09/26/2004 11:00PM

Ex-jockey Kutz dies at 48

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Dean Kutz, the irrepressible jockey whose riding career was rendered all the more remarkable by the courage he displayed in overcoming numerous physical setbacks, died Sunday in Lexington, Ky., after a lengthy battle with cancer. He was 48.

Kutz won 2,835 races in a career that dated to 1972, but it was his fighting spirit that allowed him to overcome his health problems and earned him countless fans and admirers. Kutz, who rode primarily in Kentucky and the upper Midwest, was especially popular at Canterbury Park in Minnesota, where he dominated racing during the track's halcyon days in the 1980's and is a member of the track's hall of fame.

Born in 1956 in Harvey, N.D., as one of 10 children, Kutz had only one kidney at birth, then suffered frostbite as a child, causing his fingers to be permanently disfigured. He suffered a multitude of riding injuries, underwent a kidney transplant in 1984, and lost his larynx to throat cancer in 2000, but always called himself a lucky man, mostly because of what racing had done for him.

Kentucky trainer Pete Vestal, a former boxer and football player, said of Kutz: "I've met a lot of tough individuals in my life, but Dean was the toughest human being I ever met."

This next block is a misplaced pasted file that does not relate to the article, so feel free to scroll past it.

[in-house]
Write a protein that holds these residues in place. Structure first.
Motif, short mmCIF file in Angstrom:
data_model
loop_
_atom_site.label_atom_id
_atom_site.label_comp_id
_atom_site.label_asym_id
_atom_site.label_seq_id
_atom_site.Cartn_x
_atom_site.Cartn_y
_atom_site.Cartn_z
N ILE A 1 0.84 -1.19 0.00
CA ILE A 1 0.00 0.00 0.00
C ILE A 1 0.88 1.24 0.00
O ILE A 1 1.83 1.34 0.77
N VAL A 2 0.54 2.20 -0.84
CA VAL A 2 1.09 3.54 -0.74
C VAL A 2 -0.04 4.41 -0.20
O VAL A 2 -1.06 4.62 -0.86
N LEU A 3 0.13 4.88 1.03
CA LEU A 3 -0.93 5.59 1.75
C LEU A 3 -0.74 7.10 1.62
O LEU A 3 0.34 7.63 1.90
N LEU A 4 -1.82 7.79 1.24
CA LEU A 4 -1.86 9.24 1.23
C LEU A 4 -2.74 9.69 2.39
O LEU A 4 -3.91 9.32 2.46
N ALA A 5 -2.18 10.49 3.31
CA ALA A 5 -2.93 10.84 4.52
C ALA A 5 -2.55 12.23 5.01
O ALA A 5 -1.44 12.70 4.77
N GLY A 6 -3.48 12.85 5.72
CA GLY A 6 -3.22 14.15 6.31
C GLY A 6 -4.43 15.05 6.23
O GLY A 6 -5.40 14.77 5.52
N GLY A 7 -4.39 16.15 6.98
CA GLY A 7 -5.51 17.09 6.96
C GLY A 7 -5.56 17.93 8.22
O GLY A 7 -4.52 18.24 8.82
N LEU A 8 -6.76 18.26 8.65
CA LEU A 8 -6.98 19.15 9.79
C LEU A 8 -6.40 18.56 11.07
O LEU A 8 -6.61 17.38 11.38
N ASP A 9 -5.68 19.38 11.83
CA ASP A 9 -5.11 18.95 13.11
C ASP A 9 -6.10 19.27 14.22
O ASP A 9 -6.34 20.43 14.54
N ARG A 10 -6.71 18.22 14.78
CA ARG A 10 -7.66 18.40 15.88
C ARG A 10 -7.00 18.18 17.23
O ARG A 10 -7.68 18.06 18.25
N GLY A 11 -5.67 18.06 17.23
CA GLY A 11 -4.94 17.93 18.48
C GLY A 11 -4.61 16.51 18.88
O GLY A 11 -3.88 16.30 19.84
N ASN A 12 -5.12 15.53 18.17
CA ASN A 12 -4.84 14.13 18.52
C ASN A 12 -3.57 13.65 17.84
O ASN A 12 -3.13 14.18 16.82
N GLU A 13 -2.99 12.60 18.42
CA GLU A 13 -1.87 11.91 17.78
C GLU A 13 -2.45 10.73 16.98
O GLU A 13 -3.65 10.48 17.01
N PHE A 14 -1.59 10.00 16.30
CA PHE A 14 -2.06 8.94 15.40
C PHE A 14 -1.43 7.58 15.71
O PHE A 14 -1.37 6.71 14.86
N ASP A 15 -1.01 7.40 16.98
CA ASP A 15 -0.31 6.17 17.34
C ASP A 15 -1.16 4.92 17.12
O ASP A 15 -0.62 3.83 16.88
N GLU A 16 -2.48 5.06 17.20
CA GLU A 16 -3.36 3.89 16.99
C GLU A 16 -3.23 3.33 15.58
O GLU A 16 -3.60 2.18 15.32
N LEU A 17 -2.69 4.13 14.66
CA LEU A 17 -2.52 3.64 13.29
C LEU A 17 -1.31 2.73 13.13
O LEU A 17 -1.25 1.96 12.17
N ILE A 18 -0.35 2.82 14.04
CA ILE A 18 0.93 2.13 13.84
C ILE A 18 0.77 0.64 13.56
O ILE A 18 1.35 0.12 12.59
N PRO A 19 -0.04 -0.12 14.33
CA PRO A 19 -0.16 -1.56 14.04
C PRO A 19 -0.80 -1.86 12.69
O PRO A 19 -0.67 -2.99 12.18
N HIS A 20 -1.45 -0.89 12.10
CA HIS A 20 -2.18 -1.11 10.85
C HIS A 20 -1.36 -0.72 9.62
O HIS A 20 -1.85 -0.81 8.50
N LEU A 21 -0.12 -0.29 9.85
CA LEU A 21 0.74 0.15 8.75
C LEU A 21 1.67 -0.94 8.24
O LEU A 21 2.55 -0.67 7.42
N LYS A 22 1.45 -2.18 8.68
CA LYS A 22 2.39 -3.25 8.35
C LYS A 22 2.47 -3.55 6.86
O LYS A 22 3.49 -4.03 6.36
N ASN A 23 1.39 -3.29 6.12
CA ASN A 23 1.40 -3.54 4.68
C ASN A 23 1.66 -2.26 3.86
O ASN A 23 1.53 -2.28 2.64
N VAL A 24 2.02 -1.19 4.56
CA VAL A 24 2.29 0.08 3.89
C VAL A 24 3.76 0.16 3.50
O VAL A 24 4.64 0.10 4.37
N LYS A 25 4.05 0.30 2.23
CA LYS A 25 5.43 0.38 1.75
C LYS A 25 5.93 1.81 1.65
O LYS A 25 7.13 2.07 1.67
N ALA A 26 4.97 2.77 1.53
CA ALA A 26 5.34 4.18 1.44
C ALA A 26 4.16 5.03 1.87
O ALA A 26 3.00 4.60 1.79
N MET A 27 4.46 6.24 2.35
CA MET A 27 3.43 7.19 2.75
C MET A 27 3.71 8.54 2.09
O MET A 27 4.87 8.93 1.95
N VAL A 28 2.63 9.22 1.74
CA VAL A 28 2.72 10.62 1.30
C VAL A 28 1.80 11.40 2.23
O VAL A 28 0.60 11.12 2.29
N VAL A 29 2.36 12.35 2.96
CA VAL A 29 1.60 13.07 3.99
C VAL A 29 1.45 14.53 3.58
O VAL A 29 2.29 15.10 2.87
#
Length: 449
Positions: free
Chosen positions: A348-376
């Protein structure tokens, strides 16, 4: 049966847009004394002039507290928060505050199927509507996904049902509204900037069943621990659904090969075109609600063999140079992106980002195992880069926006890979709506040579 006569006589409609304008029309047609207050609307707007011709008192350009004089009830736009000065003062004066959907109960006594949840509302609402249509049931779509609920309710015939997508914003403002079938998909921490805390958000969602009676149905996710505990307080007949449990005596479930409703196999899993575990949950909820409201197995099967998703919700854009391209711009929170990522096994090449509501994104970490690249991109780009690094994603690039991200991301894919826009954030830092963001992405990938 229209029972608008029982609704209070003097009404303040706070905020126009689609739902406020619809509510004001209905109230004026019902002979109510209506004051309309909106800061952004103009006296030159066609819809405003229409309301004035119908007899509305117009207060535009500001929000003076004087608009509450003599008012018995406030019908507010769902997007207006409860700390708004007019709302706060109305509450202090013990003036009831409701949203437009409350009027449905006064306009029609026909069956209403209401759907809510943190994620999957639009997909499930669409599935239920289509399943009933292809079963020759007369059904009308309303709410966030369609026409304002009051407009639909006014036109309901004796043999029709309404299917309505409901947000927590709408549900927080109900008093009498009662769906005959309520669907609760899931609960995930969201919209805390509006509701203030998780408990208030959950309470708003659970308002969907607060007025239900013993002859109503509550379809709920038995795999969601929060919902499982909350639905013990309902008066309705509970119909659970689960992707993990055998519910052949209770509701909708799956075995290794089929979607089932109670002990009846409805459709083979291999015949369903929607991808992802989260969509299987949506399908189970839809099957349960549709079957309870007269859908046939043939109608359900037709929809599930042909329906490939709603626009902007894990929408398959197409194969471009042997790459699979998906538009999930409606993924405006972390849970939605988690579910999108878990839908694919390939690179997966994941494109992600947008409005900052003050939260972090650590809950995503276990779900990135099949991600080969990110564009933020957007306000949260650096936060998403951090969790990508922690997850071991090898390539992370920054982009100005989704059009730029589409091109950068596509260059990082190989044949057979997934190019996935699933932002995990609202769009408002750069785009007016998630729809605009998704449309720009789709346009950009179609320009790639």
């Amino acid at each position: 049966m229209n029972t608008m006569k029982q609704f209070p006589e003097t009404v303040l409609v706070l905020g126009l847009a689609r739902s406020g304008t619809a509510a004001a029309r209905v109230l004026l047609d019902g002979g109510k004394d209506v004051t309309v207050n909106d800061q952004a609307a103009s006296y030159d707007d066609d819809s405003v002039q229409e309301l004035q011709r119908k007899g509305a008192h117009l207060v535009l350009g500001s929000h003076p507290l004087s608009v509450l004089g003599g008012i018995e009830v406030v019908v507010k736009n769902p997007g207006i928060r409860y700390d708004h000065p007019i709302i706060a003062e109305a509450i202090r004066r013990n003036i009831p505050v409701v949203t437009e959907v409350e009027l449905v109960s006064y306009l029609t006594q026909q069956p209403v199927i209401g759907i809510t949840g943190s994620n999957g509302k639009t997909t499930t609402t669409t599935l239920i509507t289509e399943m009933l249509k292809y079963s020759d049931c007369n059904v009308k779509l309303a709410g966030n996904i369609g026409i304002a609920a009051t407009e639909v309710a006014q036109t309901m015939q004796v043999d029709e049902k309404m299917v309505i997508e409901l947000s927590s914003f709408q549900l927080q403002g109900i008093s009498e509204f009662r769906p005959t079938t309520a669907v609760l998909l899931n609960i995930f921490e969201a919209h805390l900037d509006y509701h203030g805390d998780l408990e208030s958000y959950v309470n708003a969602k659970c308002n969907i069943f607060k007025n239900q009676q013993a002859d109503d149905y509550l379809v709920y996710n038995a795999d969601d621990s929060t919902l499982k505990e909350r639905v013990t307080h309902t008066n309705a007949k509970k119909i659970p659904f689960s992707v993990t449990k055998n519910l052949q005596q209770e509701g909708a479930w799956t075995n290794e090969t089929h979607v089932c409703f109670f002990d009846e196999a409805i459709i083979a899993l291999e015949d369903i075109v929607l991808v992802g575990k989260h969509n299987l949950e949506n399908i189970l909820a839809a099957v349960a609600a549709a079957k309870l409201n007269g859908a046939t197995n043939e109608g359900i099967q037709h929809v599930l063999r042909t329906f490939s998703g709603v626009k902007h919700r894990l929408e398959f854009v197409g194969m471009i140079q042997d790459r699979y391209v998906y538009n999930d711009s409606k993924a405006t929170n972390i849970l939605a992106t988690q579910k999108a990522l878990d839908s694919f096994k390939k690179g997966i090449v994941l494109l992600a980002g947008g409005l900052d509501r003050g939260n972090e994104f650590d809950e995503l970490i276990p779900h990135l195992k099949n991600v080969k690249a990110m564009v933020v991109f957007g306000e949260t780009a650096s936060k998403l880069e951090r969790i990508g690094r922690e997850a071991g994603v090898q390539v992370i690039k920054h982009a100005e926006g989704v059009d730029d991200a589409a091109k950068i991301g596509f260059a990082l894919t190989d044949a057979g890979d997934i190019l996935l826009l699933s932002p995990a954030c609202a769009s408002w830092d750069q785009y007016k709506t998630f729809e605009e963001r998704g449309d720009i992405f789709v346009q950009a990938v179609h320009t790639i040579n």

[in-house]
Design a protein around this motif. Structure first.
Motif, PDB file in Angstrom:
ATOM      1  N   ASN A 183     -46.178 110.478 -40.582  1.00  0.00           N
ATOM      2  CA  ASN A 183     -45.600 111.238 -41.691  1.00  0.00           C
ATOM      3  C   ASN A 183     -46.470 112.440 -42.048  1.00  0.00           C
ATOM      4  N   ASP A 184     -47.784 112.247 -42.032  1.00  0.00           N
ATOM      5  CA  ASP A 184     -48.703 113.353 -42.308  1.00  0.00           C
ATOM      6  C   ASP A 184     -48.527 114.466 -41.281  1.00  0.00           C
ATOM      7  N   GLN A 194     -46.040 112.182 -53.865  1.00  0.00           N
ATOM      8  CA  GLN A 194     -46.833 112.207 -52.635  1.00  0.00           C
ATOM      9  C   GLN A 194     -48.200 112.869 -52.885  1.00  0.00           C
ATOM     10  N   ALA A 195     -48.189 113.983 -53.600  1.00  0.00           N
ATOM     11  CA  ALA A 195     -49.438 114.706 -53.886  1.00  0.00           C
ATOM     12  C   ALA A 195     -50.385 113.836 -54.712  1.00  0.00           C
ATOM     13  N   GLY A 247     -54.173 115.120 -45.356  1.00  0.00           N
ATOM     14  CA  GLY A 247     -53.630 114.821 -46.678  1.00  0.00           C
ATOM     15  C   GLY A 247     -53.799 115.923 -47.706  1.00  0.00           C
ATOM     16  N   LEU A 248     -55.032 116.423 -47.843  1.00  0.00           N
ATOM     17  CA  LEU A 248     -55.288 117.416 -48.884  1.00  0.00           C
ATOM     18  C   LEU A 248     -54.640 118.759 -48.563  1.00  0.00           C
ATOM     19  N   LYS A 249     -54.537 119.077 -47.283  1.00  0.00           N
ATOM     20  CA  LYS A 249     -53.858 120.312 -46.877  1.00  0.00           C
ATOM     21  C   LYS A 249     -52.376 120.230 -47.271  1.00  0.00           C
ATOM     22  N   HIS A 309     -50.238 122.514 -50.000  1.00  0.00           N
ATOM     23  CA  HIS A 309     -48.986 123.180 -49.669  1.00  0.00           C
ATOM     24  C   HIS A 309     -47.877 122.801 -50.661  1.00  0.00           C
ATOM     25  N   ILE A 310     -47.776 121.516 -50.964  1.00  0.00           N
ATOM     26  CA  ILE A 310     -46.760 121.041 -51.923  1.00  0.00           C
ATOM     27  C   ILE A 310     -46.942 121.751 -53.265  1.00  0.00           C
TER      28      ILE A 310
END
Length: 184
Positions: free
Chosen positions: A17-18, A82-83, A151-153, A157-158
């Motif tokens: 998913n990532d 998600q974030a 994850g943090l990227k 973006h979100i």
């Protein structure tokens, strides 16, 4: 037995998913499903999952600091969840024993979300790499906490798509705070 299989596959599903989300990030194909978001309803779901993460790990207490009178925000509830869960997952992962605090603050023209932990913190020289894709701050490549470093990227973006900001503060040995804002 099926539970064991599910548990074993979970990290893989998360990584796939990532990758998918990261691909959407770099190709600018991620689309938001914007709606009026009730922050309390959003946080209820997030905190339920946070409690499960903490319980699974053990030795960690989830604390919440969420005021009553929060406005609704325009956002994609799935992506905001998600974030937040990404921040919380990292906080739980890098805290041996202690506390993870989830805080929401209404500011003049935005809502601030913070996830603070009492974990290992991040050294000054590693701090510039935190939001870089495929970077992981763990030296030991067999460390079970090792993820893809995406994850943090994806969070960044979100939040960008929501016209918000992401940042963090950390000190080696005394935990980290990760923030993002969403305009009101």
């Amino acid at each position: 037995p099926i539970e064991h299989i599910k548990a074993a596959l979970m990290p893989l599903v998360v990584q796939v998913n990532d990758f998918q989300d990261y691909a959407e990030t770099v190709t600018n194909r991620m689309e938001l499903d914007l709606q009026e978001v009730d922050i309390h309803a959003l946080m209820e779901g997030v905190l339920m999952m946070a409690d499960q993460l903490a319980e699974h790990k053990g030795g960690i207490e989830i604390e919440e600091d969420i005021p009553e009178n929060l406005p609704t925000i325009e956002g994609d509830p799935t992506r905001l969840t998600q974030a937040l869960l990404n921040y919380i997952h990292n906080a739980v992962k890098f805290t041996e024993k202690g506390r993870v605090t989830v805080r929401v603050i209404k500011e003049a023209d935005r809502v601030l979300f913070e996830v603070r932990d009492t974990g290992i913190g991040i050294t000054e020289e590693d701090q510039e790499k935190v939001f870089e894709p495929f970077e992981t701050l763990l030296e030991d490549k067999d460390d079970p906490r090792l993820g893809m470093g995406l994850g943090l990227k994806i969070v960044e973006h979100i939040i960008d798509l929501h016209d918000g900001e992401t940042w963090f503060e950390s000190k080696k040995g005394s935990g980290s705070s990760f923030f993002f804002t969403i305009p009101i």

Vestal, for whom Kutz rode such stakes horses as Williamstown, Mi Cielo, and Jaggery John, called Kutz "a great rider."

"I always felt like I had a chance when he rode one for me," Vestal said. "The really great thing about Dean was he never had a down day - or at least he'd never let you know it."

Kutz was active for many years with The Jockeys' Guild and was highly popular with his fellow riders, who voted him the George Woolf Memorial Award in 2001 and the Mike Venezia Award in 2002.

Kutz lived his final years on his farm in Versailles, Ky. He returned to riding in August 2001 after recovering from throat cancer and rode his last race in 2003.

A public memorial service was scheduled for Tuesday at 3 p.m. in the sales pavilion at Keeneland in Lexington.